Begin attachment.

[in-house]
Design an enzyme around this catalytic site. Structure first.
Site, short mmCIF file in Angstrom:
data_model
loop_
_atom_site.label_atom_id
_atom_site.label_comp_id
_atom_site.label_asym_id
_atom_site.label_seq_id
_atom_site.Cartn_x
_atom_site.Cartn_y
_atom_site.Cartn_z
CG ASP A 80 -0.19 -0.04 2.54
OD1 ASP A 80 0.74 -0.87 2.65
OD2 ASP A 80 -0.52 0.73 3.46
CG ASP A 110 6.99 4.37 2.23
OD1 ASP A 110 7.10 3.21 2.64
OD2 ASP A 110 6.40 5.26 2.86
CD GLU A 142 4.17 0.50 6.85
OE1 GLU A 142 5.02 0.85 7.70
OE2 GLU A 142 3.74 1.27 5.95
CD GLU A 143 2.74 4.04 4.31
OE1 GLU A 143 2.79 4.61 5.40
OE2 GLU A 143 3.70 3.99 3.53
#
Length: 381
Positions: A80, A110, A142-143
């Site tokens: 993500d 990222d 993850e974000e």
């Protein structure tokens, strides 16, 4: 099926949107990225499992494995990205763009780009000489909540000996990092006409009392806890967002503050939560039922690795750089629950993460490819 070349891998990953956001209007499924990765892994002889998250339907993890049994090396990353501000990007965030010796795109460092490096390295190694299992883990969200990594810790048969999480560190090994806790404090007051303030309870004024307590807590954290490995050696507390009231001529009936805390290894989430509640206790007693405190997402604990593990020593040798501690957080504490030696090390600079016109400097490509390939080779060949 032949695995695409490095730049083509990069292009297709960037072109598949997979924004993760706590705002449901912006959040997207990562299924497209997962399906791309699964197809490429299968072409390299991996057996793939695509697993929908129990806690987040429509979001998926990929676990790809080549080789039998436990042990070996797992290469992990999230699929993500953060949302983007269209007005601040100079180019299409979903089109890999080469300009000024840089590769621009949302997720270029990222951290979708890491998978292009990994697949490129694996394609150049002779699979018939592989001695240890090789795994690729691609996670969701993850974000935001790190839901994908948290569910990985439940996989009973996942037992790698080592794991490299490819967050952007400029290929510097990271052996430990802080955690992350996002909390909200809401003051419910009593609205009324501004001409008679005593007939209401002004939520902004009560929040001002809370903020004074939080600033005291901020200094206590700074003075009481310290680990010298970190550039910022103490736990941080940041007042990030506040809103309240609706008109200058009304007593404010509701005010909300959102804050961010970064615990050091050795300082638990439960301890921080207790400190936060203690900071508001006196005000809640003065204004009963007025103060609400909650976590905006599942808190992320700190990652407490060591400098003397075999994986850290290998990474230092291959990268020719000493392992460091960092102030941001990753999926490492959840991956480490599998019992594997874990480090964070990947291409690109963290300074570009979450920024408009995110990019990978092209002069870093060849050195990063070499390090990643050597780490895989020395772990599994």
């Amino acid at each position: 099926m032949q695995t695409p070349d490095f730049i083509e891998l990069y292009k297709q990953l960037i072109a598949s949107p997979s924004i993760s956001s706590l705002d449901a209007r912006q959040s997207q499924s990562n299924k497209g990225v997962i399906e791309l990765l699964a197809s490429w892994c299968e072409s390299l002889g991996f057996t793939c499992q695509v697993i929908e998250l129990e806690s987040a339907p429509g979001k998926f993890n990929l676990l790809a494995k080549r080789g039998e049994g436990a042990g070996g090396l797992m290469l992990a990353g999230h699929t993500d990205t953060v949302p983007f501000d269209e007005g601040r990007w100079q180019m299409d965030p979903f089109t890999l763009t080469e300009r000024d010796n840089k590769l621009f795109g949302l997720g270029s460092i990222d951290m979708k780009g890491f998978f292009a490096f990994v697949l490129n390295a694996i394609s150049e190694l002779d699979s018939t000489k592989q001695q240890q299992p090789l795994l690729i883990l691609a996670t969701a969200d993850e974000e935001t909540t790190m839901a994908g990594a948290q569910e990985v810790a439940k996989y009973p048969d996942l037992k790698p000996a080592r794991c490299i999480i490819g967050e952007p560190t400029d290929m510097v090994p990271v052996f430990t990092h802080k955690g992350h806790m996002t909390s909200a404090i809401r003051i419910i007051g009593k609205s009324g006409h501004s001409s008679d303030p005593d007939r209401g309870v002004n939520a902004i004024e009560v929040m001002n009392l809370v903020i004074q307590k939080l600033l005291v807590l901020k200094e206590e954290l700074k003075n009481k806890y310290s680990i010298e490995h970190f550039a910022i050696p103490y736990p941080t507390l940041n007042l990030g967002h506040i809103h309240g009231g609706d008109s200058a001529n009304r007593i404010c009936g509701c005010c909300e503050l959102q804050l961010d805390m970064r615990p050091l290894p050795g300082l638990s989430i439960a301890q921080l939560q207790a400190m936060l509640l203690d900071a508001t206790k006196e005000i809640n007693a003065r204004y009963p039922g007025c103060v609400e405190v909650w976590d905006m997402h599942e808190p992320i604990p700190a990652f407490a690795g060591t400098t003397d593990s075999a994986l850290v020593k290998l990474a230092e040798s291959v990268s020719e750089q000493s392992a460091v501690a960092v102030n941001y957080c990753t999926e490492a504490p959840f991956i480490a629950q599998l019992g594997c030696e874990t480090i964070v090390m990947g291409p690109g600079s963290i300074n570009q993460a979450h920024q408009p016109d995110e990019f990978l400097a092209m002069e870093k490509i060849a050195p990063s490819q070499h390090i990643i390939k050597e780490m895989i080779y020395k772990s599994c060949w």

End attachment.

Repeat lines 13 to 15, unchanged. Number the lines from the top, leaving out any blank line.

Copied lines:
CG ASP A 80 -0.19 -0.04 2.54
OD1 ASP A 80 0.74 -0.87 2.65
OD2 ASP A 80 -0.52 0.73 3.46